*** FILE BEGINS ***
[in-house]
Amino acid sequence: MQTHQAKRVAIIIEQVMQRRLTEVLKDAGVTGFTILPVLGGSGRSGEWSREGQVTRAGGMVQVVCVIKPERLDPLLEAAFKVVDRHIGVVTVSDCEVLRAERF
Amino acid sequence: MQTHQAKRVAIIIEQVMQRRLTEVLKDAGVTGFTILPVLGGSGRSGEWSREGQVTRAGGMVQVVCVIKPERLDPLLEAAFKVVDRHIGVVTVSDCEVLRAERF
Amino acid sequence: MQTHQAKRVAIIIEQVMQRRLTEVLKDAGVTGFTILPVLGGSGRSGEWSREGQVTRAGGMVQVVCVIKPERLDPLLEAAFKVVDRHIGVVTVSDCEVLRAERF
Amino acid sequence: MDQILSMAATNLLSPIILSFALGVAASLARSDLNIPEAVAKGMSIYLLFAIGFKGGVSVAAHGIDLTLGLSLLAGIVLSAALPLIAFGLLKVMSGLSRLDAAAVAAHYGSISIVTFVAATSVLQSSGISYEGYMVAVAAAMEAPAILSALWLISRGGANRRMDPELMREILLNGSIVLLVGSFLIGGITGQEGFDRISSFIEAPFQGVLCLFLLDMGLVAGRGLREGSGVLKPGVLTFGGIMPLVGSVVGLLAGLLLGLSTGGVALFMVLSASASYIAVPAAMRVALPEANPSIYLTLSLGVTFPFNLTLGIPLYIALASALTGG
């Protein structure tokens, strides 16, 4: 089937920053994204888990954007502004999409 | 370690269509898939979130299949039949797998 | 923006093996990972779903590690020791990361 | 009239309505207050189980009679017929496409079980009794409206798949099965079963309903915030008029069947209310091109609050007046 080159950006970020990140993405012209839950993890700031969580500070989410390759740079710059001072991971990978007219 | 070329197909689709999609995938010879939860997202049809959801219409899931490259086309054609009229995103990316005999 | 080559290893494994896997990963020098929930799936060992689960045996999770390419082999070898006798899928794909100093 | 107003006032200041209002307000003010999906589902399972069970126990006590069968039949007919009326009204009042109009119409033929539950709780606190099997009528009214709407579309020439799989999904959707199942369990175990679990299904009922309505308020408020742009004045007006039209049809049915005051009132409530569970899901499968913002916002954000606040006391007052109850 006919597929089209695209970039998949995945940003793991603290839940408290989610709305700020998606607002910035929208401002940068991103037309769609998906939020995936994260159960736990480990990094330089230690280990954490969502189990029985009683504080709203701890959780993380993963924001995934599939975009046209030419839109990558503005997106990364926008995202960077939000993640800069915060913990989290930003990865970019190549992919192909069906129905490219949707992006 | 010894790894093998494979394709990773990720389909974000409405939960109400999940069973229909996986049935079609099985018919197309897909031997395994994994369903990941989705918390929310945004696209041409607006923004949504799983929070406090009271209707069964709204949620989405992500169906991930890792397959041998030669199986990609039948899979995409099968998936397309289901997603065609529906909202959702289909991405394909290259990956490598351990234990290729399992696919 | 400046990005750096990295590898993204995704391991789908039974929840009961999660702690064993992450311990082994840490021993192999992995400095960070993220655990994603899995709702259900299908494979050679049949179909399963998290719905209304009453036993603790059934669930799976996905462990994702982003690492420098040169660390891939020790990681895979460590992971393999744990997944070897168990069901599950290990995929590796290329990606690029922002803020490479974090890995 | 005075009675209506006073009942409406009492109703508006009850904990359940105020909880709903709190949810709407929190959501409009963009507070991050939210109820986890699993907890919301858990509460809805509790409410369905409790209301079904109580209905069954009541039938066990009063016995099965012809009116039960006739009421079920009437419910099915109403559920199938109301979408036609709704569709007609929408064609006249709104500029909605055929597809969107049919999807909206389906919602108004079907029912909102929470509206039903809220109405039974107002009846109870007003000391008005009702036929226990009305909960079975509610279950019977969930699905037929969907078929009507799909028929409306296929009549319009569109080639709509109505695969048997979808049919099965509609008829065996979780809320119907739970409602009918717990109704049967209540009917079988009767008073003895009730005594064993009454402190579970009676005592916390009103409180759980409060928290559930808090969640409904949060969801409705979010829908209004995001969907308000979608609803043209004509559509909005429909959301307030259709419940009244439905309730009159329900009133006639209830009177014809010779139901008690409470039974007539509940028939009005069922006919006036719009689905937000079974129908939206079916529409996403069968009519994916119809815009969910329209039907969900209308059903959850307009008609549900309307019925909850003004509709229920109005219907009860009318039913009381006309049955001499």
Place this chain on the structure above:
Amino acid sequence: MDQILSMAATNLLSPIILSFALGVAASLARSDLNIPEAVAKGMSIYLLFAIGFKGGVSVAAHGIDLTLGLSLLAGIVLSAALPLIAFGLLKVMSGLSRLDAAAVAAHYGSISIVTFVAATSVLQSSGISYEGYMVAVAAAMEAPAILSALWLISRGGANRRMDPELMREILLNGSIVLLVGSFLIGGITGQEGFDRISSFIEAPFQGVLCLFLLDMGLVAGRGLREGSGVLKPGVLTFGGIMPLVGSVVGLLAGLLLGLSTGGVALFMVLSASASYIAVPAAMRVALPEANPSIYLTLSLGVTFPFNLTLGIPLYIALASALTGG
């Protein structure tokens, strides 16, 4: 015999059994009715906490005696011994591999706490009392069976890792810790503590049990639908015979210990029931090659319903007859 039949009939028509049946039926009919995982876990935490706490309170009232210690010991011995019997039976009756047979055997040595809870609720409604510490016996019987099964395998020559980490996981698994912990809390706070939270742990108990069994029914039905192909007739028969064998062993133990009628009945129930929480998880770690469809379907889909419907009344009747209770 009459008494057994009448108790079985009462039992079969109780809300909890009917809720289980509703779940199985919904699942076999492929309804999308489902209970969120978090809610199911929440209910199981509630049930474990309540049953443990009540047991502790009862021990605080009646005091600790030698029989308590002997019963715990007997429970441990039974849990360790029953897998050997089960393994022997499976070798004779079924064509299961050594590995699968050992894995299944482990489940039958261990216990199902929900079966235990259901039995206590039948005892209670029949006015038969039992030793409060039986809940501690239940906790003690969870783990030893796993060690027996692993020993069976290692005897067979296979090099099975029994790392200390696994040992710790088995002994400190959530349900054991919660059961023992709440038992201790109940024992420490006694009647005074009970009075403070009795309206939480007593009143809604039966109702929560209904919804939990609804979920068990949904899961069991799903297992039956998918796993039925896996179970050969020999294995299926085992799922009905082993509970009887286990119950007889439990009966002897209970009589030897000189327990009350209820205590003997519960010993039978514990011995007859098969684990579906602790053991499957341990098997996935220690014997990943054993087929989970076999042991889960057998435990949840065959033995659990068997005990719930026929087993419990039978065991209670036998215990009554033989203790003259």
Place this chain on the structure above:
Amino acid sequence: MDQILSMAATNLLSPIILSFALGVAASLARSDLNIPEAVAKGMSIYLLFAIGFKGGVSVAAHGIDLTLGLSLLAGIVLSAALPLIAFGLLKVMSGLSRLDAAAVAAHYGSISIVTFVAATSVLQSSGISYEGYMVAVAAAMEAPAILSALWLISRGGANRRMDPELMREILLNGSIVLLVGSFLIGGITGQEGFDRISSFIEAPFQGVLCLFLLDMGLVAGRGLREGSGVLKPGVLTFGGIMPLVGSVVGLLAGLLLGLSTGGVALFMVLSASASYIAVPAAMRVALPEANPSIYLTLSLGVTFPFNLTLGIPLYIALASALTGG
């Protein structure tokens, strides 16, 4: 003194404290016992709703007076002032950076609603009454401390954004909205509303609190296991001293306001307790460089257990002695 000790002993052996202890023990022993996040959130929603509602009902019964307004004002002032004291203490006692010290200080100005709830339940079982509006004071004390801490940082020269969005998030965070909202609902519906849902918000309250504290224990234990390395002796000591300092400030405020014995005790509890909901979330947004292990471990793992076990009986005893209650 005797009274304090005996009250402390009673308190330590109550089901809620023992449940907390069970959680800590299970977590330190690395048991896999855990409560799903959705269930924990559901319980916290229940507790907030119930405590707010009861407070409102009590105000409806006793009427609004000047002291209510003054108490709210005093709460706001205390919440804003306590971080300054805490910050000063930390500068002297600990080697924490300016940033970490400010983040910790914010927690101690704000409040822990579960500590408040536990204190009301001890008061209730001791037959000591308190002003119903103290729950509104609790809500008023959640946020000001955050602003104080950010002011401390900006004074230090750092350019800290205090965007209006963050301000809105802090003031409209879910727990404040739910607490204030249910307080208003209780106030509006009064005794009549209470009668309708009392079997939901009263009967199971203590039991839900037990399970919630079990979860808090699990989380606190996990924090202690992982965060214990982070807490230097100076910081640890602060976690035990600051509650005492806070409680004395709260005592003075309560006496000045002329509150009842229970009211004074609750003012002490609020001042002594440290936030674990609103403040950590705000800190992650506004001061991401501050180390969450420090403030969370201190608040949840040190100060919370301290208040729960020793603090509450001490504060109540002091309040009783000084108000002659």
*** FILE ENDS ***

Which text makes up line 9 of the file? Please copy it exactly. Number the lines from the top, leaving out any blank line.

């Protein structure tokens, strides 16, 4: 015999059994009715906490005696011994591999706490009392069976890792810790503590049990639908015979210990029931090659319903007859 039949009939028509049946039926009919995982876990935490706490309170009232210690010991011995019997039976009756047979055997040595809870609720409604510490016996019987099964395998020559980490996981698994912990809390706070939270742990108990069994029914039905192909007739028969064998062993133990009628009945129930929480998880770690469809379907889909419907009344009747209770 009459008494057994009448108790079985009462039992079969109780809300909890009917809720289980509703779940199985919904699942076999492929309804999308489902209970969120978090809610199911929440209910199981509630049930474990309540049953443990009540047991502790009862021990605080009646005091600790030698029989308590002997019963715990007997429970441990039974849990360790029953897998050997089960393994022997499976070798004779079924064509299961050594590995699968050992894995299944482990489940039958261990216990199902929900079966235990259901039995206590039948005892209670029949006015038969039992030793409060039986809940501690239940906790003690969870783990030893796993060690027996692993020993069976290692005897067979296979090099099975029994790392200390696994040992710790088995002994400190959530349900054991919660059961023992709440038992201790109940024992420490006694009647005074009970009075403070009795309206939480007593009143809604039966109702929560209904919804939990609804979920068990949904899961069991799903297992039956998918796993039925896996179970050969020999294995299926085992799922009905082993509970009887286990119950007889439990009966002897209970009589030897000189327990009350209820205590003997519960010993039978514990011995007859098969684990579906602790053991499957341990098997996935220690014997990943054993087929989970076999042991889960057998435990949840065959033995659990068997005990719930026929087993419990039978065991209670036998215990009554033989203790003259």